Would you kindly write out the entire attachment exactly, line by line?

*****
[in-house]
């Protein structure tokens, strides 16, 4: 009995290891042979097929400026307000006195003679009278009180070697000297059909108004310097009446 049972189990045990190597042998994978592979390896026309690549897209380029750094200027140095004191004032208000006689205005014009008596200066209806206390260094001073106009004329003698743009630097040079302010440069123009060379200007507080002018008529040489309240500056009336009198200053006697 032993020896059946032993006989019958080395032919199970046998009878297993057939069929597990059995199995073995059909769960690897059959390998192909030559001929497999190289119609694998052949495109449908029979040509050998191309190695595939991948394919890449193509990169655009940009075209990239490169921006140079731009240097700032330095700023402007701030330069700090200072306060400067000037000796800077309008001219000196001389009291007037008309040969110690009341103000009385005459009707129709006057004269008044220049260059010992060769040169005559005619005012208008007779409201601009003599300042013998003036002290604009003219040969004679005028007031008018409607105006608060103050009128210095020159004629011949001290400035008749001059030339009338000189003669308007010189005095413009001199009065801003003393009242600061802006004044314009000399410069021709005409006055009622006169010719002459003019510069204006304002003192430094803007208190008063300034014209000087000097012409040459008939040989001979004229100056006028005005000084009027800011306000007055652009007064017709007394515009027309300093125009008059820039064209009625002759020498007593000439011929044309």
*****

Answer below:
[in-house]
């Protein structure tokens, strides 16, 4: 009995290891042979097929400026307000006195003679009278009180070697000297059909108004310097009446 049972189990045990190597042998994978592979390896026309690549897209380029750094200027140095004191004032208000006689205005014009008596200066209806206390260094001073106009004329003698743009630097040079302010440069123009060379200007507080002018008529040489309240500056009336009198200053006697 032993020896059946032993006989019958080395032919199970046998009878297993057939069929597990059995199995073995059909769960690897059959390998192909030559001929497999190289119609694998052949495109449908029979040509050998191309190695595939991948394919890449193509990169655009940009075209990239490169921006140079731009240097700032330095700023402007701030330069700090200072306060400067000037000796800077309008001219000196001389009291007037008309040969110690009341103000009385005459009707129709006057004269008044220049260059010992060769040169005559005619005012208008007779409201601009003599300042013998003036002290604009003219040969004679005028007031008018409607105006608060103050009128210095020159004629011949001290400035008749001059030339009338000189003669308007010189005095413009001199009065801003003393009242600061802006004044314009000399410069021709005409006055009622006169010719002459003019510069204006304002003192430094803007208190008063300034014209000087000097012409040459008939040989001979004229100056006028005005000084009027800011306000007055652009007064017709007394515009027309300093125009008059820039064209009625002759020498007593000439011929044309």